“If your jokes or teasing manner offend some people, so the fuck what? Someone will always be offended by jokes, never let them make you believe that you are guilty of something worse simply because of your gender. If you want to make boob jokes thats fine by me, you have after all been making dick jokes since you were old enough to make jokes.”
“With all of my heart I beg you: Do not change. Do not change for me, do not change for someone else. You’re wonderful, just the way you are.”
These excerpts from an insipid, fulsome love letter to the skeptic/atheist community were enough to inspire a bout of epic eye-rolling when I read them last night. They were enough to motivate me to wrangle with Penn Jillette via Twitter for his promotion and support of the message contained therein. They were enough to push me to forward the letter along to the rest of the FTBorg, as a sort of “hey take a look at this dummy” thing. They were not enough to spark an entire blog post. After all, if I swung at every pitch, I’d burn out too quickly to fight the battles where I thought my participation could make a positive difference. I was happy to let those with stronger feminist street cred take the lead on this particular one.
It’s distressing, obviously, to see someone completely dismiss the experiences of others simply because that person has had a nice experience. The argument from myopia is a common one in discussions of privilege – “I haven’t seen it, therefore it’s not a problem”. Considering the sheer number and variety of examples of the marginalization of women in skeptical communities, it seems particularly tone-deaf to simply wave it away because you like dick jokes. I like dick jokes too. But there’s a way to craft sexual humour without being sexist, and this line is often crossed at the continued expense of female skeptics. We’re getting better, but work still has to be done. But again, I figured I could rely on my confreres at FTB to make the necessary arguments, and I could focus on getting my stride back after vacation.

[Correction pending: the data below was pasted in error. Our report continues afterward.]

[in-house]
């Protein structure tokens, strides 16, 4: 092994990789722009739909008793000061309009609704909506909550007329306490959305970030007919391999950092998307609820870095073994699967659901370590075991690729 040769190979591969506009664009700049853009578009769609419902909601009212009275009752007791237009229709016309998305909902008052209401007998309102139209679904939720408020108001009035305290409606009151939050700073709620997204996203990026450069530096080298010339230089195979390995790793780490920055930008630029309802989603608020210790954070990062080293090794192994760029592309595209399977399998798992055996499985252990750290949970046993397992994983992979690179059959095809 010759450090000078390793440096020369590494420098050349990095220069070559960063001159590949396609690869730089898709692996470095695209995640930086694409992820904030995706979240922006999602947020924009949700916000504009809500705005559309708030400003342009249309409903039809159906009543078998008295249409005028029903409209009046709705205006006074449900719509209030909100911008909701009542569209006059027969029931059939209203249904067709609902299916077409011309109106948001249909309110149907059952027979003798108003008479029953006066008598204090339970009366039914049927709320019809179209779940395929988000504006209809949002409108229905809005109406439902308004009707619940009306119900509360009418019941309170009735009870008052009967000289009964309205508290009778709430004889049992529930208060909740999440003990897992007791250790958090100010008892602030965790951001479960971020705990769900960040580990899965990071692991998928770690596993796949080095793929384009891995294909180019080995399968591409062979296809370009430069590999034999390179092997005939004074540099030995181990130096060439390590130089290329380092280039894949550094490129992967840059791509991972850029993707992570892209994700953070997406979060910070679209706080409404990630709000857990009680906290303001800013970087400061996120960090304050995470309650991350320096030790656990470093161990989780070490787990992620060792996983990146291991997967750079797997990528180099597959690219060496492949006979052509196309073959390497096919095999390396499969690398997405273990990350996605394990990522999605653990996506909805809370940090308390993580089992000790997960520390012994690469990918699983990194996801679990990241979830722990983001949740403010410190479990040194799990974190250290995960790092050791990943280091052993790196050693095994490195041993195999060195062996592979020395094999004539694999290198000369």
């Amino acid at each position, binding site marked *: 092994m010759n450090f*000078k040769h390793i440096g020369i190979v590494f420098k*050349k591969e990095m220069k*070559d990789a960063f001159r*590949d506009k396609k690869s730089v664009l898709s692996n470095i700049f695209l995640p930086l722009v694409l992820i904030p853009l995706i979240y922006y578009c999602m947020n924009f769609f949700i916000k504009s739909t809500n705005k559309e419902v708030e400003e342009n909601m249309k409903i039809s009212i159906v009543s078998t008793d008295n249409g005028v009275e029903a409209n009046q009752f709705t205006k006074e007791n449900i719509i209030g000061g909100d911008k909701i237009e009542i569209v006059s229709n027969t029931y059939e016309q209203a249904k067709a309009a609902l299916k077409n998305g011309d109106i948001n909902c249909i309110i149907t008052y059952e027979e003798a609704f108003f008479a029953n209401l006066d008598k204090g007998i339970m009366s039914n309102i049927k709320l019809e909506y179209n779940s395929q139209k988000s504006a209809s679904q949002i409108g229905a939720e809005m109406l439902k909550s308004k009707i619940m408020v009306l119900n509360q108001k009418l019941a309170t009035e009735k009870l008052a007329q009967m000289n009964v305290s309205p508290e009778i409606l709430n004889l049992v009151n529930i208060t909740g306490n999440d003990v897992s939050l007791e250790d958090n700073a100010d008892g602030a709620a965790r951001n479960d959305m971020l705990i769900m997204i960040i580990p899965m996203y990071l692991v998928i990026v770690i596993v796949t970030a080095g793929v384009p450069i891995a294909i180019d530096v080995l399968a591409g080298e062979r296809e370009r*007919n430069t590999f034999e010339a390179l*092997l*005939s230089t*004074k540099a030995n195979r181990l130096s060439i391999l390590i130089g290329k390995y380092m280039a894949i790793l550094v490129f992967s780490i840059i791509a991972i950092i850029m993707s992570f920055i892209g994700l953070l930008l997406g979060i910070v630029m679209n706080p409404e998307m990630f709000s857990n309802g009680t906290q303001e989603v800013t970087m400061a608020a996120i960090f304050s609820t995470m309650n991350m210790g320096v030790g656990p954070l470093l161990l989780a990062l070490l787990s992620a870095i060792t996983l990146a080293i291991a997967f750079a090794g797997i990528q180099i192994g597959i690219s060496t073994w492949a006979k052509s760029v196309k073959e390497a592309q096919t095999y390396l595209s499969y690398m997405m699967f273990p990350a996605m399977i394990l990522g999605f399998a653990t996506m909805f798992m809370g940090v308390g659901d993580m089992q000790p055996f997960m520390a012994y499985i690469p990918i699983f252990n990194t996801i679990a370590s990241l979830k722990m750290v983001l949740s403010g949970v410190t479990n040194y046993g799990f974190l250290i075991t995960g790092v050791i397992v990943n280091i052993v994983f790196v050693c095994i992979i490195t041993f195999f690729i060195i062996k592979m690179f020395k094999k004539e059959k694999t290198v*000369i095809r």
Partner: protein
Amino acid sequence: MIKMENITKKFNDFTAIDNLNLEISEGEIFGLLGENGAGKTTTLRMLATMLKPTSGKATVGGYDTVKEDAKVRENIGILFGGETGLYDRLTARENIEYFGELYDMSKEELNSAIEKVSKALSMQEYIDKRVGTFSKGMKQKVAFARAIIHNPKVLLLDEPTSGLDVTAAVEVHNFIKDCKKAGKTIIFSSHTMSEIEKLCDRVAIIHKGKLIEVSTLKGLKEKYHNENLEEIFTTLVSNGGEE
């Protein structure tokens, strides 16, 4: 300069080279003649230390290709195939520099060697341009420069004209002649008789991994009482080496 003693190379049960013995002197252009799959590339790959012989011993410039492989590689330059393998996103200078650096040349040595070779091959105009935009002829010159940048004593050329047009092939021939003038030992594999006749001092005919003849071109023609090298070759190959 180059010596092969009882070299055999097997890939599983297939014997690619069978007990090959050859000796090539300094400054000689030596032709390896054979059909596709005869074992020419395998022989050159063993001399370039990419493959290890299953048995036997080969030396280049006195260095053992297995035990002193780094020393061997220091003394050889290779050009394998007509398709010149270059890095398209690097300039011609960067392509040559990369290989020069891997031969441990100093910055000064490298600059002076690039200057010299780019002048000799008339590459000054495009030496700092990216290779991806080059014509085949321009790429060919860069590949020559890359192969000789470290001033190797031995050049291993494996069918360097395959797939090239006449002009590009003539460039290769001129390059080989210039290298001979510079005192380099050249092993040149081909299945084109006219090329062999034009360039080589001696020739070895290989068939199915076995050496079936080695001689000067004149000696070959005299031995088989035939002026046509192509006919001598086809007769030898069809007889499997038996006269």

Pro tip: when decrying someone else’s “value judgment”, you might not want to call the repeated negative experiences of a wide variety of people “mild”.
So now I feel as though this discussion needs some more unpacking, because evidently the point is not so obvious as I thought. First, I need to put a stake in the heart of the weasel-out argument that is being marshalled in defense of the original piece. This was not a letter to one particular group of people. There is nothing in the letter to suggest the author is at all aware that there is a serious issue of sexism in the skeptical community at large – nothing that says “I know other people have had a rough time, but the people I’ve met have been very nice to me, so congrats on showing greater insight into your actions”. This is not a letter that says Las Vegas is doing it right, or that she personally doesn’t have a problem. It is a letter that says, quite explicitly, that people have been telling men to treat women as delicate fragile flowers, that men are called awful assholes (simply because they are men), and that nobody should feel it necessary to alter their behaviour one bit (unless they’re the complainers, in which case kindly STFU).
We are treated to gems like this:
You have never been anything but awesome and welcoming. Who made you think you weren’t?